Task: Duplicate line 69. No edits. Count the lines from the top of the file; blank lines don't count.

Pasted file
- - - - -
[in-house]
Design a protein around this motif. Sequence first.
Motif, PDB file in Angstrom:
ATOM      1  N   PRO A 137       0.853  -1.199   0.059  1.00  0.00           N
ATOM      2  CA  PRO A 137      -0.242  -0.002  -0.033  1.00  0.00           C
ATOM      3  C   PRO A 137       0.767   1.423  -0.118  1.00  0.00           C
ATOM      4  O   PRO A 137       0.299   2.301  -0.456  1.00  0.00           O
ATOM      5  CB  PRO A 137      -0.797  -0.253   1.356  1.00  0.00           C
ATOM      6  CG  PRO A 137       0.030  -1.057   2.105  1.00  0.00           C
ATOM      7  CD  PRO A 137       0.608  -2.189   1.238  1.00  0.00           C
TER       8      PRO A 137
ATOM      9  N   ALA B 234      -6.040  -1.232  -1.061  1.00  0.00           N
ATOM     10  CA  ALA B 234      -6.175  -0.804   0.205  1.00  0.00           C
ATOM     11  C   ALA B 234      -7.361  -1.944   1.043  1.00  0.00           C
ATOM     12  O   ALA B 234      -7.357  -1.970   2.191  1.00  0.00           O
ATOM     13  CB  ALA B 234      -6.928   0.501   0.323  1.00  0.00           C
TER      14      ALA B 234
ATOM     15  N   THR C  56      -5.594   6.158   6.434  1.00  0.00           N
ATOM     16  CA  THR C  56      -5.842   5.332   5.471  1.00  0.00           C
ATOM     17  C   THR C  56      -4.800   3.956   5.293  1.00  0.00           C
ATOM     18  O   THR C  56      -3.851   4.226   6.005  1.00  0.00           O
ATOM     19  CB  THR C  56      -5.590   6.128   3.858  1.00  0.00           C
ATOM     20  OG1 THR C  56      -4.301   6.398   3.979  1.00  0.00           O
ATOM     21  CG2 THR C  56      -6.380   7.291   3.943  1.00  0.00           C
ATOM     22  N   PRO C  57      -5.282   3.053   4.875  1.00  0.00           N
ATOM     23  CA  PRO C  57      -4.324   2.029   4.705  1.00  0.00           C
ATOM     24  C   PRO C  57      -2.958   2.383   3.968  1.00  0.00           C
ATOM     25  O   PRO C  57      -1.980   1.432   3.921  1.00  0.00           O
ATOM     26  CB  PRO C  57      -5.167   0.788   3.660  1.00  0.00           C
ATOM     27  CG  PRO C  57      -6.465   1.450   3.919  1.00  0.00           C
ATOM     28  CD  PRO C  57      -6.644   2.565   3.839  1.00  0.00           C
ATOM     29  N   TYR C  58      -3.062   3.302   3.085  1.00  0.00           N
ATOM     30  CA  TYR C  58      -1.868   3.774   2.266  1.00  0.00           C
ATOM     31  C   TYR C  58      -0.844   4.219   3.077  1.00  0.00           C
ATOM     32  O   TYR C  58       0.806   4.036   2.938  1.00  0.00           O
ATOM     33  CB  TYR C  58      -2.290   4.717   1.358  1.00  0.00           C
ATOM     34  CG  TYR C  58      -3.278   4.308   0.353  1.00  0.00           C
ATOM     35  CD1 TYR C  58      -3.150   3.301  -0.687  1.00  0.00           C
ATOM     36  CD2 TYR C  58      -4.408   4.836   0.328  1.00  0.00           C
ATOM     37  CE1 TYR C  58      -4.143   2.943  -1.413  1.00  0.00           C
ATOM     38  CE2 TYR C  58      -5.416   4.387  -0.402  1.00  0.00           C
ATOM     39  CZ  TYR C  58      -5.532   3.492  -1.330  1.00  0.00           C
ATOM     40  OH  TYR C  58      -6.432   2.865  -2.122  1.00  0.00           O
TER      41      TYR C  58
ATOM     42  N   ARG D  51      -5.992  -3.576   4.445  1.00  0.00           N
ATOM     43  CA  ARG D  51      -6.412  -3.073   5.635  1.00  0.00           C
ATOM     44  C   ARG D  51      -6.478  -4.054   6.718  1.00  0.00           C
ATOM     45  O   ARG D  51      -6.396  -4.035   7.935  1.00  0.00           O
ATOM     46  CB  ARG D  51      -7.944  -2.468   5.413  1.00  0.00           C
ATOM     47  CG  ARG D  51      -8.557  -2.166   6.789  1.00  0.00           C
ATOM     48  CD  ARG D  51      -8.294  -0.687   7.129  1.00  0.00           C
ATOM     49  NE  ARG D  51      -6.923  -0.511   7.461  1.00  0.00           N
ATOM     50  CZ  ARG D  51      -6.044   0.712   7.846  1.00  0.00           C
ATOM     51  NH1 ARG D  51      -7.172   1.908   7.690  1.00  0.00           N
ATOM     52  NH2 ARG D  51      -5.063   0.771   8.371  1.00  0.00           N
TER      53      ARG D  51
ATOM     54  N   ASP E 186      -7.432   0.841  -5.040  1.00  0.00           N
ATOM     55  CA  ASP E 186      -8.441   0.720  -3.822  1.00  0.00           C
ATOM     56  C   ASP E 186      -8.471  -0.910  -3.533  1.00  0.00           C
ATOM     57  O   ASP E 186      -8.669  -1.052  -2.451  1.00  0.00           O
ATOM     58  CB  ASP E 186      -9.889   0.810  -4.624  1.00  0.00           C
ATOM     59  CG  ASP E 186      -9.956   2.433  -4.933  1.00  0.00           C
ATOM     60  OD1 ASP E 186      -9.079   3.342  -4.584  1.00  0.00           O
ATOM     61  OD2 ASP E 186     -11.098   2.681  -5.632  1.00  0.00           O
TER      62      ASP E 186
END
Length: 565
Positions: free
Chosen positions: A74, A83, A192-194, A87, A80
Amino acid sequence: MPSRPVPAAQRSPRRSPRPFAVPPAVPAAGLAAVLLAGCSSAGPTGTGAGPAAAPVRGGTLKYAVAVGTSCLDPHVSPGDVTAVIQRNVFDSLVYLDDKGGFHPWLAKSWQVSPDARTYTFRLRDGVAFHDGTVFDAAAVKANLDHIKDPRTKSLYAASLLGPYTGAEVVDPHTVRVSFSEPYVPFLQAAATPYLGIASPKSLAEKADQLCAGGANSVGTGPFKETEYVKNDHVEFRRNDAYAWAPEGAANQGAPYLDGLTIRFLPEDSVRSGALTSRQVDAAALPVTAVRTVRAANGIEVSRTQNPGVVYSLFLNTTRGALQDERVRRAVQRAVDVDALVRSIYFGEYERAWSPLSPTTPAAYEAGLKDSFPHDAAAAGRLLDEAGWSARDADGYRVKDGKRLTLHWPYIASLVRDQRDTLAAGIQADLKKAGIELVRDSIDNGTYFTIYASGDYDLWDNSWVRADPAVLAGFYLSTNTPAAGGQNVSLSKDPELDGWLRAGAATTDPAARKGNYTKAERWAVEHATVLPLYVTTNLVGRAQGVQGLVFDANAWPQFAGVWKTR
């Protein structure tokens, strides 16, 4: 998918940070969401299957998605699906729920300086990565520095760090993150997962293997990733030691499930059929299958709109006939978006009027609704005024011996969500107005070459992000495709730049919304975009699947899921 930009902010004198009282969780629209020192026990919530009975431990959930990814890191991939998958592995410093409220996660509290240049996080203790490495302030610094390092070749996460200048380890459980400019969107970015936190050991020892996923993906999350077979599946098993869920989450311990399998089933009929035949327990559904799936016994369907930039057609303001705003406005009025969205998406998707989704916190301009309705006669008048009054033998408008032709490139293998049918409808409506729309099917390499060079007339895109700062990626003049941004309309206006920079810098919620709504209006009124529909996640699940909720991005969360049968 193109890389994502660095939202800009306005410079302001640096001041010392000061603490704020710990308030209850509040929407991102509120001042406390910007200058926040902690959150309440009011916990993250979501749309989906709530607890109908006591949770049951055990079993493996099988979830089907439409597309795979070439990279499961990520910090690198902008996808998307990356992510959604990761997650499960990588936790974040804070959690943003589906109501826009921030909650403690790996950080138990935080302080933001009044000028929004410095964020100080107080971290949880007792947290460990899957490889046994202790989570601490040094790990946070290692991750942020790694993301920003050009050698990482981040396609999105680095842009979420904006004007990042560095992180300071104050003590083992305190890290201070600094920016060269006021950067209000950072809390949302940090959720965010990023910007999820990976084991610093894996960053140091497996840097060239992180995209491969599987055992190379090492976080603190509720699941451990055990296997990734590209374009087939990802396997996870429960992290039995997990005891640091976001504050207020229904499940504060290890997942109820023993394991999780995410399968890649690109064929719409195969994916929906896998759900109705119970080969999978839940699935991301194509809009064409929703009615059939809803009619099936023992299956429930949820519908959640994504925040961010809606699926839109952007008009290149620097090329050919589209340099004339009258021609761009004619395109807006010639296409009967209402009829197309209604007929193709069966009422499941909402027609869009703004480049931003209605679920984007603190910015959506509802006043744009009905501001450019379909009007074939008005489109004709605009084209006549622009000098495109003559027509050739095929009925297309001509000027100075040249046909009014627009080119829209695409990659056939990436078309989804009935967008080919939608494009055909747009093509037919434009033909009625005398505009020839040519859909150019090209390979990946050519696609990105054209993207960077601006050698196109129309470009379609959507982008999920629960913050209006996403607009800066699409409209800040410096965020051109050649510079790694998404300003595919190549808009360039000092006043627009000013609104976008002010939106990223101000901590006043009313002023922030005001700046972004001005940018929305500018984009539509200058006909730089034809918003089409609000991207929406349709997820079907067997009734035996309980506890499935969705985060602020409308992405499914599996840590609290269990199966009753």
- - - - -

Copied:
Chosen positions: A74, A83, A192-194, A87, A80